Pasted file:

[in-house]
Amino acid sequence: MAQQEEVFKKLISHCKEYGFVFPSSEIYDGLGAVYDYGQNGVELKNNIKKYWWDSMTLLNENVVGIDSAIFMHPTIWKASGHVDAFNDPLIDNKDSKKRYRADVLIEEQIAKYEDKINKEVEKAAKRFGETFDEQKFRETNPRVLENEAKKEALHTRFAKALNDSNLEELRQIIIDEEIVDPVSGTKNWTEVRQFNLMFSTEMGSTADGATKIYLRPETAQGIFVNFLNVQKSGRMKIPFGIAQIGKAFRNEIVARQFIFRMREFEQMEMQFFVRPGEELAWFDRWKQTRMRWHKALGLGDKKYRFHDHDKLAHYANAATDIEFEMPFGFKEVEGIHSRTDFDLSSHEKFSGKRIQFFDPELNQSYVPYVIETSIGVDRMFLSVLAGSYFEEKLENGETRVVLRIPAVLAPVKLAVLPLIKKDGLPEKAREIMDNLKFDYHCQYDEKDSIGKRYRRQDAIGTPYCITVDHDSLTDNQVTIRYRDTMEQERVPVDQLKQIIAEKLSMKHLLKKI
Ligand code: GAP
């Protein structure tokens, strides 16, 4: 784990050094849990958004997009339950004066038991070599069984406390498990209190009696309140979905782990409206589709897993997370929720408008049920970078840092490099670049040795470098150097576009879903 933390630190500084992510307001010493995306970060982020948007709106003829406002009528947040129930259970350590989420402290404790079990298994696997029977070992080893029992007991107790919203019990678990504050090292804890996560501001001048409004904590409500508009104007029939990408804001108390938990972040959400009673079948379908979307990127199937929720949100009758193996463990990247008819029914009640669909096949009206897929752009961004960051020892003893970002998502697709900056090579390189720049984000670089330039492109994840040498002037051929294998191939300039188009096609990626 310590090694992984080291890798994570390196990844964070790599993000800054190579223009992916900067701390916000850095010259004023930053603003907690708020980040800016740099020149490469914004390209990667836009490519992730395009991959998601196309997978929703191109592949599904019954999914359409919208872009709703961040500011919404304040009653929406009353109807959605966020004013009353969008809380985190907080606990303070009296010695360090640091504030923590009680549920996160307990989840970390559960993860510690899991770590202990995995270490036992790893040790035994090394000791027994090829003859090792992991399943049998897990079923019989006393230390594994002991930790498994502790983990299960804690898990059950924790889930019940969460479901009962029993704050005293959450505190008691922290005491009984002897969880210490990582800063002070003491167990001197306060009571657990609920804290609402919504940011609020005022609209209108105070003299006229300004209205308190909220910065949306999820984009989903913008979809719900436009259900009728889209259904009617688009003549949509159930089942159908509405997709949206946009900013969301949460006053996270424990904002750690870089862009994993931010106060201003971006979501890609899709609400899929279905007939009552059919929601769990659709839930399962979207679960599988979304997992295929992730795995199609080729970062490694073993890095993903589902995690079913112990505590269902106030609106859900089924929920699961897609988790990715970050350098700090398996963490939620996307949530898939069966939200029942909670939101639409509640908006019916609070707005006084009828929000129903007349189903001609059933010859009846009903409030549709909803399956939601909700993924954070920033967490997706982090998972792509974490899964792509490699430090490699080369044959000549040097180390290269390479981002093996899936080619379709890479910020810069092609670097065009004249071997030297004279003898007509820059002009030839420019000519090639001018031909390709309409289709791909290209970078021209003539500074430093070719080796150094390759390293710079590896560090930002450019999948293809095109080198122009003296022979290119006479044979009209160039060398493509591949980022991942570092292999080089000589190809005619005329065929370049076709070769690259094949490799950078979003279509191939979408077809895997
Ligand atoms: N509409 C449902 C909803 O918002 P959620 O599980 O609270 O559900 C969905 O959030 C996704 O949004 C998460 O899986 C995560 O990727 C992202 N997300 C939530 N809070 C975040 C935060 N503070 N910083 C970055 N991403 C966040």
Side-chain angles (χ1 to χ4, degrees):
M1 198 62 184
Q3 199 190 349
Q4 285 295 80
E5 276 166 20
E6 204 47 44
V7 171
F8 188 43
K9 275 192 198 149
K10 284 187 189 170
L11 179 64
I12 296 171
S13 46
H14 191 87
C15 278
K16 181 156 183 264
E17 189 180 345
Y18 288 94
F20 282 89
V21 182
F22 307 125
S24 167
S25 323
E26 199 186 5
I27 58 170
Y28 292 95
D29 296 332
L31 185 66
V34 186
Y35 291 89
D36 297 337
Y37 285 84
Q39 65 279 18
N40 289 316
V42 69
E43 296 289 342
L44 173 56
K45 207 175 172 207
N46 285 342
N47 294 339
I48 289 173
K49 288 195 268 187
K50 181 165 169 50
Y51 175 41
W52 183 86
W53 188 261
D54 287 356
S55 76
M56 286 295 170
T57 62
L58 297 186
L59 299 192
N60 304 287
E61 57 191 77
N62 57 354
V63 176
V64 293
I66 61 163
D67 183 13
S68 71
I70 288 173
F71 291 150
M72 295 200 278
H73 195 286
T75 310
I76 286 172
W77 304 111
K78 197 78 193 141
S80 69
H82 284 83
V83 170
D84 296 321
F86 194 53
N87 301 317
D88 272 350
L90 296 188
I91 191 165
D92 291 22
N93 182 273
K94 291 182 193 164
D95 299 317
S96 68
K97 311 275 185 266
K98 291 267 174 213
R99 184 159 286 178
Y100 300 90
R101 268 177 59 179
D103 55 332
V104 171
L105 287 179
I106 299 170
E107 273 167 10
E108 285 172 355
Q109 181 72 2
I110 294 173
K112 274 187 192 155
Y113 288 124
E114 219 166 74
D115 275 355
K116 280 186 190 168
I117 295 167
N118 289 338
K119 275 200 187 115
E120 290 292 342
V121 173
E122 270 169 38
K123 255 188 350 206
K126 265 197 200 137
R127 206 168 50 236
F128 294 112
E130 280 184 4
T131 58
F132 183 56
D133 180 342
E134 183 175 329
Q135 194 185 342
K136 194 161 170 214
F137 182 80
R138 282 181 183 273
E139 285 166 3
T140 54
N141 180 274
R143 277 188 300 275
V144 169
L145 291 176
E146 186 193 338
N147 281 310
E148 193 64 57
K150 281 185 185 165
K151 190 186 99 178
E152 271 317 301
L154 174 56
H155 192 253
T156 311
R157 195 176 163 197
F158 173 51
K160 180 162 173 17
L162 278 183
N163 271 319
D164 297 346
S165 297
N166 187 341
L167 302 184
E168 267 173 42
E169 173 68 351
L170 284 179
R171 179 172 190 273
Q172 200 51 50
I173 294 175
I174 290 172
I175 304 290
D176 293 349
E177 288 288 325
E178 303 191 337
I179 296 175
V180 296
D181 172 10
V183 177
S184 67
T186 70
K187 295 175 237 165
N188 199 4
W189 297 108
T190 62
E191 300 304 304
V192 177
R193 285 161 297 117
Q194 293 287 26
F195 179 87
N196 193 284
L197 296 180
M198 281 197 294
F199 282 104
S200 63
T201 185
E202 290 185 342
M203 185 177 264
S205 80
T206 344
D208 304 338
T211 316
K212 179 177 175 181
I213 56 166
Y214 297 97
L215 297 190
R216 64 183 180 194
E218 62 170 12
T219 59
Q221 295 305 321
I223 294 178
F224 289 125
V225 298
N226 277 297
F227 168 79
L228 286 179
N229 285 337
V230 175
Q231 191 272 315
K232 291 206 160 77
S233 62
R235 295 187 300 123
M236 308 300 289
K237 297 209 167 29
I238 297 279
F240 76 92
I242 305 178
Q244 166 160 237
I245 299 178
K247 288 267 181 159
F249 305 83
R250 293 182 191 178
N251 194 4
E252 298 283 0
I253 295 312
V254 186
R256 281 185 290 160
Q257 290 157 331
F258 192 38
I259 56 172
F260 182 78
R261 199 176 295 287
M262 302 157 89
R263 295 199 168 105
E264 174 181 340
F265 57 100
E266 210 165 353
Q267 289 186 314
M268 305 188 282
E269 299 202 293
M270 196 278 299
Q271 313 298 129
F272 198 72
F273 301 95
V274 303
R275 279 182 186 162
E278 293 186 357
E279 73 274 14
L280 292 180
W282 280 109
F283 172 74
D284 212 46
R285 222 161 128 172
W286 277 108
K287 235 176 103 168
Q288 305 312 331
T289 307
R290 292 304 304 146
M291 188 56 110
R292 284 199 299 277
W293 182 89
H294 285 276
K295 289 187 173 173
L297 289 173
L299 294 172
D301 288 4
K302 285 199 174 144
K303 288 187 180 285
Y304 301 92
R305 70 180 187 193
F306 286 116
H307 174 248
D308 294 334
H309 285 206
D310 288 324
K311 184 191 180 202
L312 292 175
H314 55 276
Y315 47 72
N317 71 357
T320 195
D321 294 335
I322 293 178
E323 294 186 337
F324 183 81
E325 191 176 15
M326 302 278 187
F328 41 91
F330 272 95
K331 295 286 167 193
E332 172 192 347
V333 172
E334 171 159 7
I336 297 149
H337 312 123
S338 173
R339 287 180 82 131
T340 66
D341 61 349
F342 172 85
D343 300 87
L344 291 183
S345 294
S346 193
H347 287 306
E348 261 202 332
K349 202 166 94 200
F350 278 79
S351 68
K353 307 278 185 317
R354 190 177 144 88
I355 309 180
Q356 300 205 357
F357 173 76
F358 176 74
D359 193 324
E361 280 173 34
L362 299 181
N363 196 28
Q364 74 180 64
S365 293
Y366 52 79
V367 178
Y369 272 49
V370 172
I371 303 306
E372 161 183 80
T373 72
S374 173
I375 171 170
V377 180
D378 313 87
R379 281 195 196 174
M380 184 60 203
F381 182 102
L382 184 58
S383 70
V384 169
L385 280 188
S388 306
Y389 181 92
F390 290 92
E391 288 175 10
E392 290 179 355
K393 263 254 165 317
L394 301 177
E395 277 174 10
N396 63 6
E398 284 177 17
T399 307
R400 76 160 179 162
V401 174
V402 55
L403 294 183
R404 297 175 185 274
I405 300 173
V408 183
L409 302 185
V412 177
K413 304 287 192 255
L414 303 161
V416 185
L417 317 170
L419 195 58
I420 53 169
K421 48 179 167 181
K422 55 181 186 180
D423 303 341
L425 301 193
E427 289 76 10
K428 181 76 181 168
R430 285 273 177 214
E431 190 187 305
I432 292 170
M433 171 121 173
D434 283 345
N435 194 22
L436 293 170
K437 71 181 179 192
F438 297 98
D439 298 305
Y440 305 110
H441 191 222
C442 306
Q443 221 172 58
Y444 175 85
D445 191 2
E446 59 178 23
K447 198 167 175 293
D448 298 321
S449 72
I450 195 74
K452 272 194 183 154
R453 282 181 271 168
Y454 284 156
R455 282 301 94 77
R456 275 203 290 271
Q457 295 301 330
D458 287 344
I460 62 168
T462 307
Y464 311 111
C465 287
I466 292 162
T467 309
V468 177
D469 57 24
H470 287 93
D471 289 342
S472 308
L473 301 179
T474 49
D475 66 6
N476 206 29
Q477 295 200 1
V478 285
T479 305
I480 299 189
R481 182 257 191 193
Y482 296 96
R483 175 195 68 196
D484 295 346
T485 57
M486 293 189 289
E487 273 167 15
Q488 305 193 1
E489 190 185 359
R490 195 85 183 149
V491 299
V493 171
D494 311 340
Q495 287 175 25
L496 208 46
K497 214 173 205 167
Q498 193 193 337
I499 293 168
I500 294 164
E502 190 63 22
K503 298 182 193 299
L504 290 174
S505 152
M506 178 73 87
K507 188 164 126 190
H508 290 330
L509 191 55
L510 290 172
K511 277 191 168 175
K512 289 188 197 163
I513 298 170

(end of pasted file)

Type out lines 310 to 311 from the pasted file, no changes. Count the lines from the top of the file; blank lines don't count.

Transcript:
D359 193 324
E361 280 173 34